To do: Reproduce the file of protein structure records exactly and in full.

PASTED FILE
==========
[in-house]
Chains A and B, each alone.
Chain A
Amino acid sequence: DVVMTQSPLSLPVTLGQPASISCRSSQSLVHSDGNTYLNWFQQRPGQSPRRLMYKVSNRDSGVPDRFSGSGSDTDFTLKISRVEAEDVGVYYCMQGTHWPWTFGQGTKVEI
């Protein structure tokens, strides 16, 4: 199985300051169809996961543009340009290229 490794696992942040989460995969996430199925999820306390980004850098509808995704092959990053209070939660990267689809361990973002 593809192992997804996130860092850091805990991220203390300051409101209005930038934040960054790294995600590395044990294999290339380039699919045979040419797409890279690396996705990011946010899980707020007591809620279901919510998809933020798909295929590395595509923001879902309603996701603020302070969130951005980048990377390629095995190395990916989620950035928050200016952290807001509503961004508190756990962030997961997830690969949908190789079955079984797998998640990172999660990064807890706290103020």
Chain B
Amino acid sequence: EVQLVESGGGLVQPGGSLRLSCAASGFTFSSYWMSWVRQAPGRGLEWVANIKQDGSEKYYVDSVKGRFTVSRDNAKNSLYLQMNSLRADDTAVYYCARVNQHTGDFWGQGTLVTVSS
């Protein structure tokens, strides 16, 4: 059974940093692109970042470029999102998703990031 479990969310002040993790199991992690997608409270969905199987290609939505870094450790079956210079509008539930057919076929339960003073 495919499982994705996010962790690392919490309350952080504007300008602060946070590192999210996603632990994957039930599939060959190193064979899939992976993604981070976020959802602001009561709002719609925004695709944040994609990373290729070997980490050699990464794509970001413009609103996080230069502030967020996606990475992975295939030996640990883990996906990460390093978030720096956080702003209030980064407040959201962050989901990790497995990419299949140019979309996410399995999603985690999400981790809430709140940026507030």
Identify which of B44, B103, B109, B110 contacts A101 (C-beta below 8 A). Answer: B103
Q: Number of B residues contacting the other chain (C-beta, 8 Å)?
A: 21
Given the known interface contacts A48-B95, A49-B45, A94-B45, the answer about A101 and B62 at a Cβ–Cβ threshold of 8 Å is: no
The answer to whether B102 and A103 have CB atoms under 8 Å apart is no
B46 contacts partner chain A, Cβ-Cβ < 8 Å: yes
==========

[in-house]
Chains A and B, each alone.
Chain A
Amino acid sequence: DVVMTQSPLSLPVTLGQPASISCRSSQSLVHSDGNTYLNWFQQRPGQSPRRLMYKVSNRDSGVPDRFSGSGSDTDFTLKISRVEAEDVGVYYCMQGTHWPWTFGQGTKVEI
């Protein structure tokens, strides 16, 4: 199985300051169809996961543009340009290229 490794696992942040989460995969996430199925999820306390980004850098509808995704092959990053209070939660990267689809361990973002 593809192992997804996130860092850091805990991220203390300051409101209005930038934040960054790294995600590395044990294999290339380039699919045979040419797409890279690396996705990011946010899980707020007591809620279901919510998809933020798909295929590395595509923001879902309603996701603020302070969130951005980048990377390629095995190395990916989620950035928050200016952290807001509503961004508190756990962030997961997830690969949908190789079955079984797998998640990172999660990064807890706290103020």
Chain B
Amino acid sequence: EVQLVESGGGLVQPGGSLRLSCAASGFTFSSYWMSWVRQAPGRGLEWVANIKQDGSEKYYVDSVKGRFTVSRDNAKNSLYLQMNSLRADDTAVYYCARVNQHTGDFWGQGTLVTVSS
């Protein structure tokens, strides 16, 4: 059974940093692109970042470029999102998703990031 479990969310002040993790199991992690997608409270969905199987290609939505870094450790079956210079509008539930057919076929339960003073 495919499982994705996010962790690392919490309350952080504007300008602060946070590192999210996603632990994957039930599939060959190193064979899939992976993604981070976020959802602001009561709002719609925004695709944040994609990373290729070997980490050699990464794509970001413009609103996080230069502030967020996606990475992975295939030996640990883990996906990460390093978030720096956080702003209030980064407040959201962050989901990790497995990419299949140019979309996410399995999603985690999400981790809430709140940026507030």
Identify which of B44, B103, B109, B110 contacts A101 (C-beta below 8 A). Answer: B103
Q: Number of B residues contacting the other chain (C-beta, 8 Å)?
A: 21
Given the known interface contacts A48-B95, A49-B45, A94-B45, the answer about A101 and B62 at a Cβ–Cβ threshold of 8 Å is: no
The answer to whether B102 and A103 have CB atoms under 8 Å apart is no
B46 contacts partner chain A, Cβ-Cβ < 8 Å: yes